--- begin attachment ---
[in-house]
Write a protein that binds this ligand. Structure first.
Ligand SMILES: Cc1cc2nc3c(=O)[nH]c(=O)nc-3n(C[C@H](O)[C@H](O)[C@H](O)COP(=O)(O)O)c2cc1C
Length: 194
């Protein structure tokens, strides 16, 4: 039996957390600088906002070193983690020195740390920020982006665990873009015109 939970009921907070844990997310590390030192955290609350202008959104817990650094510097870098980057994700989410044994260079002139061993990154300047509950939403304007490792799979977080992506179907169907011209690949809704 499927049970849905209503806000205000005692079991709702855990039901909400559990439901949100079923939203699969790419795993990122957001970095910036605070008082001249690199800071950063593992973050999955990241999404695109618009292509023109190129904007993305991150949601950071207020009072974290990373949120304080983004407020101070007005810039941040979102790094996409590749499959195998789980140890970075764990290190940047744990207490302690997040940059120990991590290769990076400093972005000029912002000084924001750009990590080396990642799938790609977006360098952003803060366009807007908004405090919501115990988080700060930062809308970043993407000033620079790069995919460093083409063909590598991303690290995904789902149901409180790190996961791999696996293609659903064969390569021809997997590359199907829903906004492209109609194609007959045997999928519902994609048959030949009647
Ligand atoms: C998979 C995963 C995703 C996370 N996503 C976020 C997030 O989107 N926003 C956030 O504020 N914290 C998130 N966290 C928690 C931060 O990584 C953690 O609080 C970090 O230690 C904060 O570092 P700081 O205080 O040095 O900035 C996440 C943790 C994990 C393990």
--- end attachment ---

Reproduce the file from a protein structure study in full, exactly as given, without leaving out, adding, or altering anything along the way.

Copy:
[in-house]
Write a protein that binds this ligand. Structure first.
Ligand SMILES: Cc1cc2nc3c(=O)[nH]c(=O)nc-3n(C[C@H](O)[C@H](O)[C@H](O)COP(=O)(O)O)c2cc1C
Length: 194
């Protein structure tokens, strides 16, 4: 039996957390600088906002070193983690020195740390920020982006665990873009015109 939970009921907070844990997310590390030192955290609350202008959104817990650094510097870098980057994700989410044994260079002139061993990154300047509950939403304007490792799979977080992506179907169907011209690949809704 499927049970849905209503806000205000005692079991709702855990039901909400559990439901949100079923939203699969790419795993990122957001970095910036605070008082001249690199800071950063593992973050999955990241999404695109618009292509023109190129904007993305991150949601950071207020009072974290990373949120304080983004407020101070007005810039941040979102790094996409590749499959195998789980140890970075764990290190940047744990207490302690997040940059120990991590290769990076400093972005000029912002000084924001750009990590080396990642799938790609977006360098952003803060366009807007908004405090919501115990988080700060930062809308970043993407000033620079790069995919460093083409063909590598991303690290995904789902149901409180790190996961791999696996293609659903064969390569021809997997590359199907829903906004492209109609194609007959045997999928519902994609048959030949009647
Ligand atoms: C998979 C995963 C995703 C996370 N996503 C976020 C997030 O989107 N926003 C956030 O504020 N914290 C998130 N966290 C928690 C931060 O990584 C953690 O609080 C970090 O230690 C904060 O570092 P700081 O205080 O040095 O900035 C996440 C943790 C994990 C393990």